Trajectories of non-intimate partner and intimate partner homicides, 1980-1999: The importance of rurality

Wesley G. Jennings, Alex R. Piquero

Research output: Contribution to journalArticleResearchpeer-review

23 Citations (Scopus)


Research had consistently shown that intimate partner homicide rates had been on a steady downward decline over the past two decades; however, a relatively recent movement in intimate partner homicide research had emphasized the need for further dissecting the aggregate trends by factors such as gender, race, victim-offender relationship, and same-sex partners. Taking this a step forward, this study utilized trajectory analysis for comparing and contrasting non-intimate partner homicide and intimate partner homicide rates over time in order to explore the importance of rurality when investigating intimate partner violence. Results of the analysis indicated that although intimate partner homicide rates had been declining over the 1980-1999 period for the majority of the 1,341 U.S. counties examined, there was evidence that rurality was significantly associated with an increased likelihood of assignment to a non-declining intimate partner homicide trajectory. In light of the findings, the authors also consider how these results can direct future research on intimate partner violence in rural areas.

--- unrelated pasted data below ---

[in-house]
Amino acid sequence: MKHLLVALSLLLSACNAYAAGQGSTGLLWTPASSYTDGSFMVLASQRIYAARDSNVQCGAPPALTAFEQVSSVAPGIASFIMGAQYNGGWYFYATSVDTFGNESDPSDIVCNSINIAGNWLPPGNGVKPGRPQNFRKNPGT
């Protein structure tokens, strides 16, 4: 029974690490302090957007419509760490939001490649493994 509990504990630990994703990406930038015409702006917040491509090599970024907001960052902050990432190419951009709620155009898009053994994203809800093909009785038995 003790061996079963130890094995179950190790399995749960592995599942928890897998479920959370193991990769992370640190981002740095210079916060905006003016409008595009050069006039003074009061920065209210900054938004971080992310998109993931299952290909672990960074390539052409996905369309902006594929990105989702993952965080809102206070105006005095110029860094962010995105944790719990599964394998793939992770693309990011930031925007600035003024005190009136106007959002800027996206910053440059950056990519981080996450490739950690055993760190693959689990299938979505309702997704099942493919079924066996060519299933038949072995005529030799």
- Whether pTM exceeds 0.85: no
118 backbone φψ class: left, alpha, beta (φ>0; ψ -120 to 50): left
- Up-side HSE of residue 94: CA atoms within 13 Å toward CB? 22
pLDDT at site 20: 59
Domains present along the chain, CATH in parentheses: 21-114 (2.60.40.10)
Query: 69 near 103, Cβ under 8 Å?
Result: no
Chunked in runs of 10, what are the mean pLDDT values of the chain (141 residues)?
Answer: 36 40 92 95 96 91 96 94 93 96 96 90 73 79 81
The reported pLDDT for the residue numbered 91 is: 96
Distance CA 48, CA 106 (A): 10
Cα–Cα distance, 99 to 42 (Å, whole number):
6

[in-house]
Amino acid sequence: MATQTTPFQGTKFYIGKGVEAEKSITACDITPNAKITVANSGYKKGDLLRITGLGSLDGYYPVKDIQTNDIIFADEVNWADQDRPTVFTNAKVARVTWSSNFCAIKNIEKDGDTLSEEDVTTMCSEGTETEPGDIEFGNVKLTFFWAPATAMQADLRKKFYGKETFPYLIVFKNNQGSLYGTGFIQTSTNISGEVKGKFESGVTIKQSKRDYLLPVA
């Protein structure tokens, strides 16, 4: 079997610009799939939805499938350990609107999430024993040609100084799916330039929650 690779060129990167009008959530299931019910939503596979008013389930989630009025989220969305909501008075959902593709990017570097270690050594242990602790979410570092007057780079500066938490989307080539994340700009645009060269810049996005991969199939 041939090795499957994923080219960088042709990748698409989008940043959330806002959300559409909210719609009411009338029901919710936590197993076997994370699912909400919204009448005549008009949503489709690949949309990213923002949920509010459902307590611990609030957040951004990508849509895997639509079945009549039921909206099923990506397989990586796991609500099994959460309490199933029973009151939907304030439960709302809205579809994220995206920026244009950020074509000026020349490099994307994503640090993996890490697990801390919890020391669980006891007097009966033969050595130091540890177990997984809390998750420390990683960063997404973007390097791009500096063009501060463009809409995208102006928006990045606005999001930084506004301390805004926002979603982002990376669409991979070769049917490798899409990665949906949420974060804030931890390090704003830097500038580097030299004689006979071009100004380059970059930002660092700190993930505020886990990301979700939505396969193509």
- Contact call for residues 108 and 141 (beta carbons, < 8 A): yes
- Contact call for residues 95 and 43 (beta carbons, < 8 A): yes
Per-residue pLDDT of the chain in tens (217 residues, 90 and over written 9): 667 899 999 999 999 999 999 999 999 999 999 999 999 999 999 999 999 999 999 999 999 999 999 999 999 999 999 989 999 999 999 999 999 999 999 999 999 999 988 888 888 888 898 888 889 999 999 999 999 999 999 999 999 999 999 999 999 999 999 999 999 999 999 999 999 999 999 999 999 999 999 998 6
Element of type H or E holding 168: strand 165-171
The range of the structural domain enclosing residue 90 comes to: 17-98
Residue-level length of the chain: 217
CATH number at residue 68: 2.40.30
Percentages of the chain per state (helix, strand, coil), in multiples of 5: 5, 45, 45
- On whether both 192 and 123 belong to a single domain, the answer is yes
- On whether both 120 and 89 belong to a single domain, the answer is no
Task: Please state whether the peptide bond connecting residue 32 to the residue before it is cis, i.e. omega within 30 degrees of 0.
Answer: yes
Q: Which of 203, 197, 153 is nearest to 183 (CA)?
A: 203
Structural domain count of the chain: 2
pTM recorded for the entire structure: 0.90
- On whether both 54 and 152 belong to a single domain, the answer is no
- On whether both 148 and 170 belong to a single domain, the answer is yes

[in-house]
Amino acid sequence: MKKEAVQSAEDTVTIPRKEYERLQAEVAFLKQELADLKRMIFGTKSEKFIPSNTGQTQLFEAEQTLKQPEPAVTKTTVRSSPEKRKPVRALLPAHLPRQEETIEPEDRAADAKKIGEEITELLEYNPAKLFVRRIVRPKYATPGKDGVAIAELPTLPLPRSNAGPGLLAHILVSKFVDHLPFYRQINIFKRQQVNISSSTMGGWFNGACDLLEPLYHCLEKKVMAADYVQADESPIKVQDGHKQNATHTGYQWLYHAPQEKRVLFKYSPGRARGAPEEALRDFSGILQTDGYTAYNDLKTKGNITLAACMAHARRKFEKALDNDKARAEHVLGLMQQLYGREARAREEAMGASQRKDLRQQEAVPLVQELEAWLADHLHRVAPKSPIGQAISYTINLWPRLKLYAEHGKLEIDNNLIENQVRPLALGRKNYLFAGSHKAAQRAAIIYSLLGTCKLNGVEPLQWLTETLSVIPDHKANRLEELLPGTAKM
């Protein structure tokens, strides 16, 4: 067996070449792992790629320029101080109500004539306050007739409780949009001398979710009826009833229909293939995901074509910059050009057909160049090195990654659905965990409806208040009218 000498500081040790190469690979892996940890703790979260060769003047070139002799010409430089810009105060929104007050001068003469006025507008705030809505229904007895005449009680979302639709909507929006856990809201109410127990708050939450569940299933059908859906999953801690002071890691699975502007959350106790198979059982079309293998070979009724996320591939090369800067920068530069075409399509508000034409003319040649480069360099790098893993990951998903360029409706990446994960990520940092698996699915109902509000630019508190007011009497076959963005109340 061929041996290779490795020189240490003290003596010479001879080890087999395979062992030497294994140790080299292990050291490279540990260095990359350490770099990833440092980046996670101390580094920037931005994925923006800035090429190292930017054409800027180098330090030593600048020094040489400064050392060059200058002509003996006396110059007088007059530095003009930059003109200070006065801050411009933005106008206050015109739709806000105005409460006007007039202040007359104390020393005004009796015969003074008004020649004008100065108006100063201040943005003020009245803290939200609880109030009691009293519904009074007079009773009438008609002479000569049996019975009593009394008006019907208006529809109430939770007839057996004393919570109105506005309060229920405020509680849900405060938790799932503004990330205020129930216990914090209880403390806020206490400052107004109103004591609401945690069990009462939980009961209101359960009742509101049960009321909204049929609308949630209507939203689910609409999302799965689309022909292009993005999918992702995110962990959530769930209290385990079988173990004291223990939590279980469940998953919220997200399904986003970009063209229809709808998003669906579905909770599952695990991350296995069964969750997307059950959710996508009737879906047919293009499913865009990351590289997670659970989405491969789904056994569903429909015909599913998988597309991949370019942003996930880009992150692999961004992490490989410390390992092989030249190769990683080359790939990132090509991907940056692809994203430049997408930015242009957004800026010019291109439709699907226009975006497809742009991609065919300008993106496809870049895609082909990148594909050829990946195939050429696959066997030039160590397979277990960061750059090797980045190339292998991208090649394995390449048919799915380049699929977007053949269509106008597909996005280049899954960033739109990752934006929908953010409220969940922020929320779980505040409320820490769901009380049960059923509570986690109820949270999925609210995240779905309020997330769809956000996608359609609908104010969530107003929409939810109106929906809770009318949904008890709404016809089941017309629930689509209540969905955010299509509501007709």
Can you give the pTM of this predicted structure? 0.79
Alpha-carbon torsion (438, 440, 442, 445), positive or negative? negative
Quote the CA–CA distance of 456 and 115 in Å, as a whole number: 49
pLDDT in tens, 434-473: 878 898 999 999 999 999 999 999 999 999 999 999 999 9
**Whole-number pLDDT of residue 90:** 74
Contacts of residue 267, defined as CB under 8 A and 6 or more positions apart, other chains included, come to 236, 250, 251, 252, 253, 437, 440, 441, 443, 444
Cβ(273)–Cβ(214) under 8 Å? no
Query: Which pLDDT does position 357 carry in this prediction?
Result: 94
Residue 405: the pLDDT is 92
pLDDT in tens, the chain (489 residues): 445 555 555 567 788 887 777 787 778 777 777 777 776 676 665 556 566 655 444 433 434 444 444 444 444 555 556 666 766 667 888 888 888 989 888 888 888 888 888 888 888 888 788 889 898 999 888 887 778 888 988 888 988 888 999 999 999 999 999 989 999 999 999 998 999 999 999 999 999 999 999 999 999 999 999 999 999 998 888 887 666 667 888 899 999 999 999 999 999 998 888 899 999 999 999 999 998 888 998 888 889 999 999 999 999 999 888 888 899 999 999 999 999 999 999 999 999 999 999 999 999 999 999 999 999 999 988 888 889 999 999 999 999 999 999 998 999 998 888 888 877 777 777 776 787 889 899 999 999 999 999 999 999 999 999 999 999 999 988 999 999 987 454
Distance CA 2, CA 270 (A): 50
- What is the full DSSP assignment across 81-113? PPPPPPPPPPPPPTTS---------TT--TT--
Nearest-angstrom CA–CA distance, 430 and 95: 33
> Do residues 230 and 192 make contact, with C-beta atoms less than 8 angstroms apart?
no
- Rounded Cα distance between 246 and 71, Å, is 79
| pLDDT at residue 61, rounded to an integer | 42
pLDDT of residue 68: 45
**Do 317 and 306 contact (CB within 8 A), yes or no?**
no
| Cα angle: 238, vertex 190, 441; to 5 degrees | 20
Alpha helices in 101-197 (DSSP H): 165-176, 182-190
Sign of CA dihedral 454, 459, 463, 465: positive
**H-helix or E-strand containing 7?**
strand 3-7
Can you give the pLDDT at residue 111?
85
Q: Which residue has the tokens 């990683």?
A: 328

Original languageEnglish
Pages (from-to)435-443
Number of pages9
JournalJournal of Criminal Justice
Issue number5
Publication statusPublished - 1 Sept 2008
Externally publishedYes

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